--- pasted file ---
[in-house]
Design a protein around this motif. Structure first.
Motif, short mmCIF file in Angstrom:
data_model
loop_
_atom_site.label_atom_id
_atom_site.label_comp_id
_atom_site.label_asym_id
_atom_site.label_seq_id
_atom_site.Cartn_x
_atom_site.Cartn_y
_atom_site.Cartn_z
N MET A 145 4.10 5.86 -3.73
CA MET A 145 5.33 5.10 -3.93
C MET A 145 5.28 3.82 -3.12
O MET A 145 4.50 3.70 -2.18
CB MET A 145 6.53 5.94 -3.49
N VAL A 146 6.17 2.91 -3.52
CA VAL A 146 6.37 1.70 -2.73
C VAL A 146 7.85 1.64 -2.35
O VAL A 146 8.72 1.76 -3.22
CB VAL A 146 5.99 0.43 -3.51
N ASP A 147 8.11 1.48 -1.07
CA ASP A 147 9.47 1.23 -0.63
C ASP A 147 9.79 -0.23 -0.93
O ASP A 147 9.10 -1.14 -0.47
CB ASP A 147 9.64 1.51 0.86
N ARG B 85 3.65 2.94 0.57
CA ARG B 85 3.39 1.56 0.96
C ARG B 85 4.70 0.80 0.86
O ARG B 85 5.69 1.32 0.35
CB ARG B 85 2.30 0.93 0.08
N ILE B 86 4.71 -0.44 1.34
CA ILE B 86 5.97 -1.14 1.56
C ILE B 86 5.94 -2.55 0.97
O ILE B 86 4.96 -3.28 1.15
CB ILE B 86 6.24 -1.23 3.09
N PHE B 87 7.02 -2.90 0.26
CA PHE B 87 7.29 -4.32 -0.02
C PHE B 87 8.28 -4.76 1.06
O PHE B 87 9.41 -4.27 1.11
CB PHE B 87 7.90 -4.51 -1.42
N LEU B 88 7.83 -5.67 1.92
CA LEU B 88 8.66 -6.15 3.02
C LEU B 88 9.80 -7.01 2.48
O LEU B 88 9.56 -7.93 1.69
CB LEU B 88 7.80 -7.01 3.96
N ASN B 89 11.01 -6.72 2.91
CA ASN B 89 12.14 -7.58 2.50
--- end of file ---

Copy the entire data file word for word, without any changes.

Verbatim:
[in-house]
Design a protein around this motif. Structure first.
Motif, short mmCIF file in Angstrom:
data_model
loop_
_atom_site.label_atom_id
_atom_site.label_comp_id
_atom_site.label_asym_id
_atom_site.label_seq_id
_atom_site.Cartn_x
_atom_site.Cartn_y
_atom_site.Cartn_z
N MET A 145 4.10 5.86 -3.73
CA MET A 145 5.33 5.10 -3.93
C MET A 145 5.28 3.82 -3.12
O MET A 145 4.50 3.70 -2.18
CB MET A 145 6.53 5.94 -3.49
N VAL A 146 6.17 2.91 -3.52
CA VAL A 146 6.37 1.70 -2.73
C VAL A 146 7.85 1.64 -2.35
O VAL A 146 8.72 1.76 -3.22
CB VAL A 146 5.99 0.43 -3.51
N ASP A 147 8.11 1.48 -1.07
CA ASP A 147 9.47 1.23 -0.63
C ASP A 147 9.79 -0.23 -0.93
O ASP A 147 9.10 -1.14 -0.47
CB ASP A 147 9.64 1.51 0.86
N ARG B 85 3.65 2.94 0.57
CA ARG B 85 3.39 1.56 0.96
C ARG B 85 4.70 0.80 0.86
O ARG B 85 5.69 1.32 0.35
CB ARG B 85 2.30 0.93 0.08
N ILE B 86 4.71 -0.44 1.34
CA ILE B 86 5.97 -1.14 1.56
C ILE B 86 5.94 -2.55 0.97
O ILE B 86 4.96 -3.28 1.15
CB ILE B 86 6.24 -1.23 3.09
N PHE B 87 7.02 -2.90 0.26
CA PHE B 87 7.29 -4.32 -0.02
C PHE B 87 8.28 -4.76 1.06
O PHE B 87 9.41 -4.27 1.11
CB PHE B 87 7.90 -4.51 -1.42
N LEU B 88 7.83 -5.67 1.92
CA LEU B 88 8.66 -6.15 3.02
C LEU B 88 9.80 -7.01 2.48
O LEU B 88 9.56 -7.93 1.69
CB LEU B 88 7.80 -7.01 3.96
N ASN B 89 11.01 -6.72 2.91
CA ASN B 89 12.14 -7.58 2.50